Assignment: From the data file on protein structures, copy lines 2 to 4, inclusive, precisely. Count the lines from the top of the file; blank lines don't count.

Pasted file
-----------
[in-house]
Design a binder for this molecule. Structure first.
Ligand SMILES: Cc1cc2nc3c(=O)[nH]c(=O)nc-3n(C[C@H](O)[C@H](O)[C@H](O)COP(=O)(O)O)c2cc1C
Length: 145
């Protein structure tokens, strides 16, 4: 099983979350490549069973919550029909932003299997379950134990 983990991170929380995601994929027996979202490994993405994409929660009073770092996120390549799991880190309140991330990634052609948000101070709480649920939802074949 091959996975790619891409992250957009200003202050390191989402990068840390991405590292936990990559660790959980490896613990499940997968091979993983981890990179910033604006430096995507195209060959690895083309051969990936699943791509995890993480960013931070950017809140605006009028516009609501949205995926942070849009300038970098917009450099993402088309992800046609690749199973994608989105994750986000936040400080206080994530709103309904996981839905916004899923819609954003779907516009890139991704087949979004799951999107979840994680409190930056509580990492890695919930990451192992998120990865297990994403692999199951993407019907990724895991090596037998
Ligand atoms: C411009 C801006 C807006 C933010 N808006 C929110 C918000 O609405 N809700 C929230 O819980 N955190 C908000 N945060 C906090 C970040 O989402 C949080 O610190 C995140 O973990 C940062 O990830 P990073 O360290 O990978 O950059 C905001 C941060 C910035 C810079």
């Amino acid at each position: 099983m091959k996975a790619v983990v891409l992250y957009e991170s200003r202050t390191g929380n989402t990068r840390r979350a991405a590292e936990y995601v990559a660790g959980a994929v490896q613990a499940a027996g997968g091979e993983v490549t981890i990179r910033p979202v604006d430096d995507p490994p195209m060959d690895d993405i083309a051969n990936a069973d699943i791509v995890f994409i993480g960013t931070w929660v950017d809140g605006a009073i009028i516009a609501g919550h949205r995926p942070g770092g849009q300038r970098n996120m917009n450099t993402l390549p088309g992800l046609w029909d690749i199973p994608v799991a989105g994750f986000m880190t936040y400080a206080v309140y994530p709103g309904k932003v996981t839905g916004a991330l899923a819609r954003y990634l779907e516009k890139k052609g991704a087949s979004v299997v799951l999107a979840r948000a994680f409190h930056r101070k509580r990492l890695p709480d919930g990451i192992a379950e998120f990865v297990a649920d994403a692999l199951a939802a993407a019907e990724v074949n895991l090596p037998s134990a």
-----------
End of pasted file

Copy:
Design a binder for this molecule. Structure first.
Ligand SMILES: Cc1cc2nc3c(=O)[nH]c(=O)nc-3n(C[C@H](O)[C@H](O)[C@H](O)COP(=O)(O)O)c2cc1C
Length: 145